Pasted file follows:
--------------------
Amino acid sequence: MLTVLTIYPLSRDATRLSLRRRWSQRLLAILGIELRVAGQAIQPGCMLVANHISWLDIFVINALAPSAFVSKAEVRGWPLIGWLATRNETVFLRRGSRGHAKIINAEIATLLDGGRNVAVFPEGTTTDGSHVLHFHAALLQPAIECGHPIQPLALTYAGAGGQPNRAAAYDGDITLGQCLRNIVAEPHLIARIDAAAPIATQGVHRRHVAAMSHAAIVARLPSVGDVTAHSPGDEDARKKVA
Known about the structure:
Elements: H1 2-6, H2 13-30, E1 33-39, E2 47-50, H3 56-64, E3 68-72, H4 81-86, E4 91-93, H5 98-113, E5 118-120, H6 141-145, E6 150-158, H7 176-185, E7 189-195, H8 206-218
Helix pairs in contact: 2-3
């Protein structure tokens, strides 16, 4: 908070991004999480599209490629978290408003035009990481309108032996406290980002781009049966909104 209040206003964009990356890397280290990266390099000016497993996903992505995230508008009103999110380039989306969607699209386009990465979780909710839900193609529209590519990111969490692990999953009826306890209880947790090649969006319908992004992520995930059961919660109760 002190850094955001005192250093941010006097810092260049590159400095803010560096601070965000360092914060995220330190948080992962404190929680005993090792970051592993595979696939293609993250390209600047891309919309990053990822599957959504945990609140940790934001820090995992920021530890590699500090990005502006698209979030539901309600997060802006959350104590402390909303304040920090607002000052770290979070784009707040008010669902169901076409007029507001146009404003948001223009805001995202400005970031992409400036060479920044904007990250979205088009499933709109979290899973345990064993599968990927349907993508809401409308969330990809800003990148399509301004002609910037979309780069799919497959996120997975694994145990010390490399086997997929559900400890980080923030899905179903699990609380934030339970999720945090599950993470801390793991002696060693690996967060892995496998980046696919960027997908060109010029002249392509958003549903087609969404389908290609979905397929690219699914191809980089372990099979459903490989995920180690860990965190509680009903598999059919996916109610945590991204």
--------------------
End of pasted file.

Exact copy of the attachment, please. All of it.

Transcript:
Amino acid sequence: MLTVLTIYPLSRDATRLSLRRRWSQRLLAILGIELRVAGQAIQPGCMLVANHISWLDIFVINALAPSAFVSKAEVRGWPLIGWLATRNETVFLRRGSRGHAKIINAEIATLLDGGRNVAVFPEGTTTDGSHVLHFHAALLQPAIECGHPIQPLALTYAGAGGQPNRAAAYDGDITLGQCLRNIVAEPHLIARIDAAAPIATQGVHRRHVAAMSHAAIVARLPSVGDVTAHSPGDEDARKKVA
Known about the structure:
Elements: H1 2-6, H2 13-30, E1 33-39, E2 47-50, H3 56-64, E3 68-72, H4 81-86, E4 91-93, H5 98-113, E5 118-120, H6 141-145, E6 150-158, H7 176-185, E7 189-195, H8 206-218
Helix pairs in contact: 2-3
């Protein structure tokens, strides 16, 4: 908070991004999480599209490629978290408003035009990481309108032996406290980002781009049966909104 209040206003964009990356890397280290990266390099000016497993996903992505995230508008009103999110380039989306969607699209386009990465979780909710839900193609529209590519990111969490692990999953009826306890209880947790090649969006319908992004992520995930059961919660109760 002190850094955001005192250093941010006097810092260049590159400095803010560096601070965000360092914060995220330190948080992962404190929680005993090792970051592993595979696939293609993250390209600047891309919309990053990822599957959504945990609140940790934001820090995992920021530890590699500090990005502006698209979030539901309600997060802006959350104590402390909303304040920090607002000052770290979070784009707040008010669902169901076409007029507001146009404003948001223009805001995202400005970031992409400036060479920044904007990250979205088009499933709109979290899973345990064993599968990927349907993508809401409308969330990809800003990148399509301004002609910037979309780069799919497959996120997975694994145990010390490399086997997929559900400890980080923030899905179903699990609380934030339970999720945090599950993470801390793991002696060693690996967060892995496998980046696919960027997908060109010029002249392509958003549903087609969404389908290609979905397929690219699914191809980089372990099979459903490989995920180690860990965190509680009903598999059919996916109610945590991204």